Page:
Junior anglers coming of age

CELEBRATION, Fla. — Junior Bassmasters have come up through the ranks, and now these fishing machines are competing against adults — and winning!

In fact, three well-known youngsters — Joey Nania, Zack Shaff and Zach Alexander — will be competing as adults next year in the B.A.S.S. Federation Nation Divisionals presented by Yamaha and Skeeter. Nania and Shaff won berths on the Washington state team, and Alexander made it onto the Utah team.

Alexander made the state team as a boater by finishing in fifth place in the state qualifier tournament July 31-Aug. 2 at Flaming Gorge Reservoir. The 17-year-old angler, who has qualified for and competed in three Junior Bassmaster World Championship (JWC) events, lost the 2006 JWC by only 1 ounce. But that close call and his other experiences in the junior program have better prepared him for adult competition.

"The small scale tournaments we had [in juniors] prepared me to fish in a tournament format," said Alexander. "Competitive fishing is a lot different than just fishing because there are so many other factors you have to consider, such as time management and decision-making on the water, and that is all stuff you have to learn. So the juniors just shorten the learning curve."

Nania won both the 2005 and 2008 JWC, and he has won the Washington state junior competition five times. He has built a reputation as both a good angler and a generous young man, donating guided fishing trips to The Rypien Foundation to raise thousands of dollars for the cancer-fighting organization.

Nania's father, Joel, sees the Junior Bassmaster program participants' ascension into the adult ranks as proof that the program is producing top prospects for the Federation Nation.

"This is a statement that the Junior Bassmaster program works and moves these kids along," said Joel Nania. "We have had several experiences — and so have other states — where their kids are starting to be recognized as athletes. The more that we can fill in that gap so that they don't have to blaze a trail every time, the more kids will be able to get involved into different stages of fishing, whether it's Junior Bassmasters, college or the adult Federation Nation."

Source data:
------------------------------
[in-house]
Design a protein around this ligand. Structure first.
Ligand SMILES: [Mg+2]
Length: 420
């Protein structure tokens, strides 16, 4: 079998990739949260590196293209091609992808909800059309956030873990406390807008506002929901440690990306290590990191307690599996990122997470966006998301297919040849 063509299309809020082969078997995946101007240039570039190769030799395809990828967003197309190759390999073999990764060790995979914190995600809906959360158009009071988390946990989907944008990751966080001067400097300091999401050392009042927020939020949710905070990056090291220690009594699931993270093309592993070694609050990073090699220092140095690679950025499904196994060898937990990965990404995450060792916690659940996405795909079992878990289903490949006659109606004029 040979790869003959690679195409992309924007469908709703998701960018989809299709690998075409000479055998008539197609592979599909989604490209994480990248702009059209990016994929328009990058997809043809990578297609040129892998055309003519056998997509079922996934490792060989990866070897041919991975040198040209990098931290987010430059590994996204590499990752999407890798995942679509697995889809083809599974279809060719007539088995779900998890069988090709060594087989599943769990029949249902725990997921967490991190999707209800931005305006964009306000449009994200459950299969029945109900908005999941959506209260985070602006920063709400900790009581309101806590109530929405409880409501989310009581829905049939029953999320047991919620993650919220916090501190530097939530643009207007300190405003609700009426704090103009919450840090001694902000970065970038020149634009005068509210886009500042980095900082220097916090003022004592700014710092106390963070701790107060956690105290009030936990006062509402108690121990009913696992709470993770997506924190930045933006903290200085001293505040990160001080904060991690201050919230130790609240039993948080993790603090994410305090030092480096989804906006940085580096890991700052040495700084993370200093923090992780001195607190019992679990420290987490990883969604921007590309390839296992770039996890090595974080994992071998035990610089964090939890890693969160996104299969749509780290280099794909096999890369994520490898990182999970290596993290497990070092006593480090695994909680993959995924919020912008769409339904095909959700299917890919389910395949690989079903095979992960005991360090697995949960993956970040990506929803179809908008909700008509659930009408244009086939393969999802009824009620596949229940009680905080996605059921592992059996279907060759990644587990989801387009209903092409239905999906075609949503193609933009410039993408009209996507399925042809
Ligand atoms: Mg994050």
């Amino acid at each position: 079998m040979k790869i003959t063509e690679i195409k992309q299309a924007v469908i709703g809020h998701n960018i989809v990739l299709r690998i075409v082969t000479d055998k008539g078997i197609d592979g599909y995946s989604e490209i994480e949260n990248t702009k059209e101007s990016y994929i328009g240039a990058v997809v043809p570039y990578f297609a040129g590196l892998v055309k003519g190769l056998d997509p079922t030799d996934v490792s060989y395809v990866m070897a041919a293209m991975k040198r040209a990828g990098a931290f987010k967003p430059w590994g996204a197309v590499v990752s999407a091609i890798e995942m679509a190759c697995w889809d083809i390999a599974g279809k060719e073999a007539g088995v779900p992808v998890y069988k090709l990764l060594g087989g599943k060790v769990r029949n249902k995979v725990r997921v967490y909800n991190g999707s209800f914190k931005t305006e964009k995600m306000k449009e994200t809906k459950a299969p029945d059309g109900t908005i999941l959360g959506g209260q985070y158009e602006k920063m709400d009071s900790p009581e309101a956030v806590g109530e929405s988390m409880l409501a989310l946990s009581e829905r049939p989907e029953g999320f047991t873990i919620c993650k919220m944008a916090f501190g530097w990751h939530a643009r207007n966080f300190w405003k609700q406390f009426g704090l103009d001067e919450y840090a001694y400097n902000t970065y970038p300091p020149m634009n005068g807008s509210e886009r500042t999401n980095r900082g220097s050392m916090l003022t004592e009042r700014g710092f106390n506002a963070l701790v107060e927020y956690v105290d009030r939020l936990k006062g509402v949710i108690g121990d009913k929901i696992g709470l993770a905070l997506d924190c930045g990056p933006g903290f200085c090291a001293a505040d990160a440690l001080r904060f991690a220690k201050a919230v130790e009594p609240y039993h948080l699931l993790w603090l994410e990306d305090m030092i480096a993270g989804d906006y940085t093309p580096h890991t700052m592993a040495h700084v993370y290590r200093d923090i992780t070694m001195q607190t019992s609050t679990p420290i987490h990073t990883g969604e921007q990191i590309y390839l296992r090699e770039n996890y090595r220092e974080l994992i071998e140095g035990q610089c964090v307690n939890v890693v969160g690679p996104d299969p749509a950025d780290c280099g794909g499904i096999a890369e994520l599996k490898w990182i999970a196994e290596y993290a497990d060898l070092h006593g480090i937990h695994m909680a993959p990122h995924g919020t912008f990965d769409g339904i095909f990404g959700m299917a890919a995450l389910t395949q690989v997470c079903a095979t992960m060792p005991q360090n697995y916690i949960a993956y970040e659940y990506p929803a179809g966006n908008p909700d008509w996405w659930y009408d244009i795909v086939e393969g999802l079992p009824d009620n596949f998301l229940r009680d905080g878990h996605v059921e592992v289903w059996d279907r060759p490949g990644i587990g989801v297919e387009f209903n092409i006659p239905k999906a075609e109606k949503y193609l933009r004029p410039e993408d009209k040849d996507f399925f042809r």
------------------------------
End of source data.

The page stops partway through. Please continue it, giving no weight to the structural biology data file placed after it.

Stacy Twiggs, senior manager of B.A.S.S. Federation Nation youth, concurs. "They get over the intimidation factor at a young age and that puts them at another level when they are 18 or 19 years old," said Twiggs. "The fishing part they already know, but [in the Junior Bassmaster program] they learn the fundamentals of a tournament," he added, referring to launch and weigh-in procedures and briefings and pairing meetings.

Nania, Shaff and Alexander are not the first Junior Bassmasters to move up to the state teams. In fact, last year, Bradley Roy of Kentucky and Brandon Palaniuk of Idaho made it to the B.A.S.S. Federation Nation Championship. But expect these three young men to be far from the last of Junior Bassmaster competitors to excel in adult tournament fishing.

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